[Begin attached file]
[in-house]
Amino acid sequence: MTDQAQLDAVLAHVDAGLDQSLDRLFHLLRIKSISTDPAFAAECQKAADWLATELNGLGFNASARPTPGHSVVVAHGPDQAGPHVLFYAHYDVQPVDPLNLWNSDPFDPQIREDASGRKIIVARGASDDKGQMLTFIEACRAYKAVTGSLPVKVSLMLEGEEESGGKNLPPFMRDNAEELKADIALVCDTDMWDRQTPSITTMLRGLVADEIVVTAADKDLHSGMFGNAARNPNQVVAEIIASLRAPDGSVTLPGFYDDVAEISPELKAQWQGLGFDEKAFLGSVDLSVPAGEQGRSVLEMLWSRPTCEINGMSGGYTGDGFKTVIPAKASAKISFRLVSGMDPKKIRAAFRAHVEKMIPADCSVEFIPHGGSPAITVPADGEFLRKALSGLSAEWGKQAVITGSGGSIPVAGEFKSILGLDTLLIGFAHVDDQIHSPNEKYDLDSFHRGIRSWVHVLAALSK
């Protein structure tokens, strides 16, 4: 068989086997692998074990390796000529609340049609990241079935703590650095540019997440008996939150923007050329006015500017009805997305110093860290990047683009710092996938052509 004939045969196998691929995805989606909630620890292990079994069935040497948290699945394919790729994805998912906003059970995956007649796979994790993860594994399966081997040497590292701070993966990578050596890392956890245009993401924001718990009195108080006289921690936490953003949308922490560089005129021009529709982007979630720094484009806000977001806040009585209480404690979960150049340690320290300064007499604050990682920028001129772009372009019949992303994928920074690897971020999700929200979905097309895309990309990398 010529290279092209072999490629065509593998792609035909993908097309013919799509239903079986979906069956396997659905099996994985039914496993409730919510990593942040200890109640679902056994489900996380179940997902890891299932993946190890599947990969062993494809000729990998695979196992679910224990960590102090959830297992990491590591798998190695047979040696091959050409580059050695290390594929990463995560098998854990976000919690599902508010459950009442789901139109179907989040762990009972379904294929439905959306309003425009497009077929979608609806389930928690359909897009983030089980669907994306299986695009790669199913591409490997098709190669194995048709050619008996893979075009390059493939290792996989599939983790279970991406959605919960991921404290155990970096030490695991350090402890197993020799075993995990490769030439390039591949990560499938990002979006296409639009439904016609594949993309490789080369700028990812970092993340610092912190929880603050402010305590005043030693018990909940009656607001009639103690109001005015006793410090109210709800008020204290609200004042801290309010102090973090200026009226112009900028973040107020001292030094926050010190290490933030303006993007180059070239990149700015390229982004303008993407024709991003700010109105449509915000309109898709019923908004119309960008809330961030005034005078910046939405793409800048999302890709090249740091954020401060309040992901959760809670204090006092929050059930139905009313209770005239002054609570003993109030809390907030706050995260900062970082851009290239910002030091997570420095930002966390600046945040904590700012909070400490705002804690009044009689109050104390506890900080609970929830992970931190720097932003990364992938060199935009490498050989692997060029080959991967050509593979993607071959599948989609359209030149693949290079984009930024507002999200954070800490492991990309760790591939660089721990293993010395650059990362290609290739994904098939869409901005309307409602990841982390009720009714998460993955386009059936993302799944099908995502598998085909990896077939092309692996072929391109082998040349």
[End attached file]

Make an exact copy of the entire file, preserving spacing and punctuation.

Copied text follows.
[in-house]
Amino acid sequence: MTDQAQLDAVLAHVDAGLDQSLDRLFHLLRIKSISTDPAFAAECQKAADWLATELNGLGFNASARPTPGHSVVVAHGPDQAGPHVLFYAHYDVQPVDPLNLWNSDPFDPQIREDASGRKIIVARGASDDKGQMLTFIEACRAYKAVTGSLPVKVSLMLEGEEESGGKNLPPFMRDNAEELKADIALVCDTDMWDRQTPSITTMLRGLVADEIVVTAADKDLHSGMFGNAARNPNQVVAEIIASLRAPDGSVTLPGFYDDVAEISPELKAQWQGLGFDEKAFLGSVDLSVPAGEQGRSVLEMLWSRPTCEINGMSGGYTGDGFKTVIPAKASAKISFRLVSGMDPKKIRAAFRAHVEKMIPADCSVEFIPHGGSPAITVPADGEFLRKALSGLSAEWGKQAVITGSGGSIPVAGEFKSILGLDTLLIGFAHVDDQIHSPNEKYDLDSFHRGIRSWVHVLAALSK
């Protein structure tokens, strides 16, 4: 068989086997692998074990390796000529609340049609990241079935703590650095540019997440008996939150923007050329006015500017009805997305110093860290990047683009710092996938052509 004939045969196998691929995805989606909630620890292990079994069935040497948290699945394919790729994805998912906003059970995956007649796979994790993860594994399966081997040497590292701070993966990578050596890392956890245009993401924001718990009195108080006289921690936490953003949308922490560089005129021009529709982007979630720094484009806000977001806040009585209480404690979960150049340690320290300064007499604050990682920028001129772009372009019949992303994928920074690897971020999700929200979905097309895309990309990398 010529290279092209072999490629065509593998792609035909993908097309013919799509239903079986979906069956396997659905099996994985039914496993409730919510990593942040200890109640679902056994489900996380179940997902890891299932993946190890599947990969062993494809000729990998695979196992679910224990960590102090959830297992990491590591798998190695047979040696091959050409580059050695290390594929990463995560098998854990976000919690599902508010459950009442789901139109179907989040762990009972379904294929439905959306309003425009497009077929979608609806389930928690359909897009983030089980669907994306299986695009790669199913591409490997098709190669194995048709050619008996893979075009390059493939290792996989599939983790279970991406959605919960991921404290155990970096030490695991350090402890197993020799075993995990490769030439390039591949990560499938990002979006296409639009439904016609594949993309490789080369700028990812970092993340610092912190929880603050402010305590005043030693018990909940009656607001009639103690109001005015006793410090109210709800008020204290609200004042801290309010102090973090200026009226112009900028973040107020001292030094926050010190290490933030303006993007180059070239990149700015390229982004303008993407024709991003700010109105449509915000309109898709019923908004119309960008809330961030005034005078910046939405793409800048999302890709090249740091954020401060309040992901959760809670204090006092929050059930139905009313209770005239002054609570003993109030809390907030706050995260900062970082851009290239910002030091997570420095930002966390600046945040904590700012909070400490705002804690009044009689109050104390506890900080609970929830992970931190720097932003990364992938060199935009490498050989692997060029080959991967050509593979993607071959599948989609359209030149693949290079984009930024507002999200954070800490492991990309760790591939660089721990293993010395650059990362290609290739994904098939869409901005309307409602990841982390009720009714998460993955386009059936993302799944099908995502598998085909990896077939092309692996072929391109082998040349």